Baldur’s adventures have been well covered over the years.

Paul N6PSE: Baldur, how did the 1983 Spratly tragedy affect you?

Baldur DJ6SI: In the course of the sad events of the Spratly tragedy, I became a Christian.


Baldur discussed the Spratly tragedy in the January, 1989 DX Magazine. You can read about the tragedy at this link:

Paul N6PSE: Baldur, following the 2012 incident in Kos Island Greece, did the Greeks ever explain or apologize for locking you up?

Baldur DJ6SI: Up to the present day (Nov, 2014) I don’t have a single paper or document about the whole incident in Greece. No verdict, nothing from the court nor from the lawyer; the whereabouts of my equipment in Greece (transceiver, power supply, headphones, bug, 2 mobile phones and a camera) remain unknown.

Paul N6PSE: Baldur, do you have any regrets or missed opportunities?  Anywhere that you would like to have activated?

Baldur DJ6SI: If  I could, I would return to Mt. Athos and activate it again. Mt. Athos was my favorite place that I have visited.


Paul N6PSE: Baldur, you have travelled all over the world, what was the worst place that you have ever visited?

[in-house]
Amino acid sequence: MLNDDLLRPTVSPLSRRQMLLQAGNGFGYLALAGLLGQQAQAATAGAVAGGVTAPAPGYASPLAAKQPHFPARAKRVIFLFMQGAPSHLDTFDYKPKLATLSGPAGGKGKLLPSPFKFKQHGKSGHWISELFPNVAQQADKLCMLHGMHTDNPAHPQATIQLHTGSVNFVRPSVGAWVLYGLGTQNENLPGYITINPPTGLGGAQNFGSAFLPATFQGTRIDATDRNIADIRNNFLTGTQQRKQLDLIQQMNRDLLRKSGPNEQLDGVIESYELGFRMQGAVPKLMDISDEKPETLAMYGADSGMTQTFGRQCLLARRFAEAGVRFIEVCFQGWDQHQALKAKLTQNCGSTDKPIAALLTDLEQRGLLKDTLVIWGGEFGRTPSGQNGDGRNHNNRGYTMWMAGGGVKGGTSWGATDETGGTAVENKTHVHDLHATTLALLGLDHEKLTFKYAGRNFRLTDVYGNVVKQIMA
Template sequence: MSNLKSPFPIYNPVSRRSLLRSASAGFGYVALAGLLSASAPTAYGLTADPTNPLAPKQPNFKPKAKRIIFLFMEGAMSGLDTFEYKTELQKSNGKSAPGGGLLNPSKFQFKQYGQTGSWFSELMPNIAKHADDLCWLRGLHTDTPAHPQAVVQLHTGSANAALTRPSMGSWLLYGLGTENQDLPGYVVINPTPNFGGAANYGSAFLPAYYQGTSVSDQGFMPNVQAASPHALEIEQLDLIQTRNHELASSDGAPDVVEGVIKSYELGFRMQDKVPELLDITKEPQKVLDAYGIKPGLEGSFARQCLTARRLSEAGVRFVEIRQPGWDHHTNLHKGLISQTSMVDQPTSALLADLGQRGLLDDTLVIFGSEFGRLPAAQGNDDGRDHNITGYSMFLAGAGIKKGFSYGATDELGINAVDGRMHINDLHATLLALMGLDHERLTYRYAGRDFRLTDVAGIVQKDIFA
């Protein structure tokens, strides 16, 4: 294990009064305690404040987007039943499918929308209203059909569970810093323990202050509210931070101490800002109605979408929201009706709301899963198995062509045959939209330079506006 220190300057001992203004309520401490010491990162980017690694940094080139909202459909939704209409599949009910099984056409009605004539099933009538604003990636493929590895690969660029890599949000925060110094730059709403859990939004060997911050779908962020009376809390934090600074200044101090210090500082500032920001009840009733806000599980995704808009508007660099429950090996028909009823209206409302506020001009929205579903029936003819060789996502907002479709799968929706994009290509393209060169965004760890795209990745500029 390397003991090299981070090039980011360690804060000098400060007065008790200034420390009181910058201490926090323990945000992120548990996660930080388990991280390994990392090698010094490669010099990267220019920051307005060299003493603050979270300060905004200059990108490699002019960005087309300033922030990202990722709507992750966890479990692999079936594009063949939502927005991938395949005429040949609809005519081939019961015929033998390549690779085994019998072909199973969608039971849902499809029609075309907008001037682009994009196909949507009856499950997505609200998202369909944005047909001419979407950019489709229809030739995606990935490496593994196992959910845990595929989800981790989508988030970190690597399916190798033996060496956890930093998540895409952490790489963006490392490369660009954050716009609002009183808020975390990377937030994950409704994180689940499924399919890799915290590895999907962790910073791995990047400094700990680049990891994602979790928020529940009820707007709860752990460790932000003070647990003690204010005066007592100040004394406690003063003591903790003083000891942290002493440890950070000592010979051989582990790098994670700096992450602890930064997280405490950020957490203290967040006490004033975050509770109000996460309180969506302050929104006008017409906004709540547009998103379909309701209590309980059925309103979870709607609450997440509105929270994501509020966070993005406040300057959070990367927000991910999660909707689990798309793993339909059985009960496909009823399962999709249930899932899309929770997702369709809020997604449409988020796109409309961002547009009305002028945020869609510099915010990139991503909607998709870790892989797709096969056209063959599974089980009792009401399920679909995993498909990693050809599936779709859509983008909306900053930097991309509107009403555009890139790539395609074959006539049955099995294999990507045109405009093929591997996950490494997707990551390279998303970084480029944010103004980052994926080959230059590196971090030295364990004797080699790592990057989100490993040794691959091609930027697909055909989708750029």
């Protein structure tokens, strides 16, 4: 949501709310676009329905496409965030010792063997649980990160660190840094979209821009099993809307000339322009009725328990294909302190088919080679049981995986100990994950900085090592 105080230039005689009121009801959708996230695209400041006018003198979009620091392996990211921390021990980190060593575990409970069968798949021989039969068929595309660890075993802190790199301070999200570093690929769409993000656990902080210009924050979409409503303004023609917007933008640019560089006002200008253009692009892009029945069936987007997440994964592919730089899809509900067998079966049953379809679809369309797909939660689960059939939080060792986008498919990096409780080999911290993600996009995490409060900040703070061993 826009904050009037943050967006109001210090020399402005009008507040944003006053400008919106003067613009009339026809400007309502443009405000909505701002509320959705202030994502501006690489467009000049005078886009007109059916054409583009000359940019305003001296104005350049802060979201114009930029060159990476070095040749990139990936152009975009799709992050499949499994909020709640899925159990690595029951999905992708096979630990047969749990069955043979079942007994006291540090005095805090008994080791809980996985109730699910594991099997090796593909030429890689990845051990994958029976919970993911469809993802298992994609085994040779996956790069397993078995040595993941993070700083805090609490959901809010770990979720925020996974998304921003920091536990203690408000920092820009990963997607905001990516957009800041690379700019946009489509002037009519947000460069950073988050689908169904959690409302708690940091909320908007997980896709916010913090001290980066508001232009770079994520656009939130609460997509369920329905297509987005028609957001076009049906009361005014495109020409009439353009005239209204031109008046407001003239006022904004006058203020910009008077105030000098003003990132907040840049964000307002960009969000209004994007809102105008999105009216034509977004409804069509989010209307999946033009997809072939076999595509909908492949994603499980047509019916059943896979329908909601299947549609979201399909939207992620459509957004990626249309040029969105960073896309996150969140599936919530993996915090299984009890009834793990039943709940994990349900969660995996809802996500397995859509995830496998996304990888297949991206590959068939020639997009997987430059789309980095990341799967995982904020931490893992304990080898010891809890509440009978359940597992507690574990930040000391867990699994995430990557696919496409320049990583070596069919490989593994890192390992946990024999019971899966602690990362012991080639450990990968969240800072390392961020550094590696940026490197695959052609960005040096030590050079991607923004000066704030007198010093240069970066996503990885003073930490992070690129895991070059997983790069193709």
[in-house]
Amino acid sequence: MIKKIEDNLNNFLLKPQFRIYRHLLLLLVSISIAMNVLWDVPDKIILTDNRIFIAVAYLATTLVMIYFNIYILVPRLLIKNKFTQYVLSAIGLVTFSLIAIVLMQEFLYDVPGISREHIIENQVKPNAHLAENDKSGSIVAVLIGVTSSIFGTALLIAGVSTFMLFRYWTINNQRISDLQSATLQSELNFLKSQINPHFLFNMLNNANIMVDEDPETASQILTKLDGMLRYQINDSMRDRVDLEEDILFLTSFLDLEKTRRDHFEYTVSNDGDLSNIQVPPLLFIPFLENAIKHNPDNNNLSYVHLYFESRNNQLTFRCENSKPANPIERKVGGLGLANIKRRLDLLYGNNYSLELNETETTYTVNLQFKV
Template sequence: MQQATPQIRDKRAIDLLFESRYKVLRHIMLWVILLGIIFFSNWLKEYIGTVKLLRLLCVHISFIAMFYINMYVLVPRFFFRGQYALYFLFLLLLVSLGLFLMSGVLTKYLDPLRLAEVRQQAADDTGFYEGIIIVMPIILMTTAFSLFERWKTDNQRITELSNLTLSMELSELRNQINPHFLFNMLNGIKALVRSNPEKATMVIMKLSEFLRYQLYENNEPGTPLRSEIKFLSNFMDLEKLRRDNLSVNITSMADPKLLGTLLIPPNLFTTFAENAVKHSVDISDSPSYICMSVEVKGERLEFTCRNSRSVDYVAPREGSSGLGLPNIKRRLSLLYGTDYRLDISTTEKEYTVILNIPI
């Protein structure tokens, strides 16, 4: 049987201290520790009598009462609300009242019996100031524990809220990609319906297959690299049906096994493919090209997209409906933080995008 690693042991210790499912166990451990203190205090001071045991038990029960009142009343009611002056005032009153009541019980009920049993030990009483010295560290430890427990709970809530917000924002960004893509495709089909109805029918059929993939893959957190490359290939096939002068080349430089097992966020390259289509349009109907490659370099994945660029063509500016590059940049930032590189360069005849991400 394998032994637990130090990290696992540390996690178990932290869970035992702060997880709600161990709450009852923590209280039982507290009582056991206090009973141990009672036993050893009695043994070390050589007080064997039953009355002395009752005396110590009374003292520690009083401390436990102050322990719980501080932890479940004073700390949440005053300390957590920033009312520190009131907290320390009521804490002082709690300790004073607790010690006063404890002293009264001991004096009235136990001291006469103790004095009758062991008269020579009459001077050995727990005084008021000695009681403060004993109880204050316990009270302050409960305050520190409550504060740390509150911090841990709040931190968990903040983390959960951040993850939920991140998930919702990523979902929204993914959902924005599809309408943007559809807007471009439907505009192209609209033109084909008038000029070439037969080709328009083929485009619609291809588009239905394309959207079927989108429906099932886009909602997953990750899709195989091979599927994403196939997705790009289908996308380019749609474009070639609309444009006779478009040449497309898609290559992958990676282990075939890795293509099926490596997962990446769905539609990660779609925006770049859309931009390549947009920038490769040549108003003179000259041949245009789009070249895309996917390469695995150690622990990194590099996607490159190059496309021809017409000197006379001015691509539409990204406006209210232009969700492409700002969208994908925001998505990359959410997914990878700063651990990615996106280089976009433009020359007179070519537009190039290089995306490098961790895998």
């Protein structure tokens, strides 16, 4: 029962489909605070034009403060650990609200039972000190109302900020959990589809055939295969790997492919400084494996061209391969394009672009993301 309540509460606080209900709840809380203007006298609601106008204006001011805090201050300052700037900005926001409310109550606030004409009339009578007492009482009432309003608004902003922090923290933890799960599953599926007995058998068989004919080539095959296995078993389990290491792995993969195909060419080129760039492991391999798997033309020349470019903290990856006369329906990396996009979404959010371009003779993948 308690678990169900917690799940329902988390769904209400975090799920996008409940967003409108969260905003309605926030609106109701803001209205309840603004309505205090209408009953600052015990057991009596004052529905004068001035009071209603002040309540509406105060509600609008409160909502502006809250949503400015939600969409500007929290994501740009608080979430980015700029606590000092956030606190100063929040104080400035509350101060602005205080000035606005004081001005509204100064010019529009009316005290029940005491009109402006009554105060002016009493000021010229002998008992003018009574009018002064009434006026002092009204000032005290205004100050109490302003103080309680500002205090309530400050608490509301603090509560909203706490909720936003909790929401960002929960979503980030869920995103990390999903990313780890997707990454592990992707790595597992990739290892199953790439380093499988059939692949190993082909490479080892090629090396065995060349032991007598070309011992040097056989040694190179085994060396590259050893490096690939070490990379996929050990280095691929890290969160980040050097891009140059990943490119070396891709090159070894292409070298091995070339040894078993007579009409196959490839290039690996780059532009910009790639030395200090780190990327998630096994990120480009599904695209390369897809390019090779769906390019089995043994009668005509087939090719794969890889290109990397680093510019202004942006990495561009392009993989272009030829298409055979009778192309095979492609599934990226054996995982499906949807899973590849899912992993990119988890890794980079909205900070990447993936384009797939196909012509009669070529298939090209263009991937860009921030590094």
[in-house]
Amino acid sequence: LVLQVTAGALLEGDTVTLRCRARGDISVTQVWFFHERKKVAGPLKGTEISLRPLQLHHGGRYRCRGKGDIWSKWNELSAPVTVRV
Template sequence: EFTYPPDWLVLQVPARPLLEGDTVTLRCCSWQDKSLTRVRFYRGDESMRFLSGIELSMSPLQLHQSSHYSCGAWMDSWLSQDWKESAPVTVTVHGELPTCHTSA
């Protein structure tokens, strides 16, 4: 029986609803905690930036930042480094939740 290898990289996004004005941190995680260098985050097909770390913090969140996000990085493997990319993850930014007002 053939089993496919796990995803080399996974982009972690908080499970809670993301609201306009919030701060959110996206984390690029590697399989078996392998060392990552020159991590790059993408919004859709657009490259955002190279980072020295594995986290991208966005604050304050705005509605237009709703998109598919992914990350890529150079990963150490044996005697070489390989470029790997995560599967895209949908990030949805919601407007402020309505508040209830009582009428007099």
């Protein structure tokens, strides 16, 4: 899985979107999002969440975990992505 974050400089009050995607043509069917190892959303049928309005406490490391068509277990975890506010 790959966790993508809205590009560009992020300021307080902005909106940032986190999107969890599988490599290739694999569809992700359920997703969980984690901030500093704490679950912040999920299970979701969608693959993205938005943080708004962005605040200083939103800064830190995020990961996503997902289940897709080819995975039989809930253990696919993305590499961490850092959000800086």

Baldur DJ6SI: The worst place was Mogadishu, Somalia in 1983.

Paul N6PSE Baldur, Is there anywhere that you truly wished to activate but were denied?

Baldur DJ6SI.  Yes, I tried to activate 7Q in Malawi in 1985. The Government told me please do not come with your radio equipment, we cannot guarantee your life. So I did not go.

Paul N6PSE: Baldur, travel is expensive. Were your trips self-funded or did you receive ample support from the DX Community?

Baldur DJ6SI: I’ve essentially financed my activities themselves. Occasionally, I have received smaller amounts from Foundations. It always helped to receive stamps, both the green and postal variety. DJ6SI-6O

Baldur meets with the President of Somalia.

Paul N6PSE: Baldur, is there anything else that you would like to share with our readers?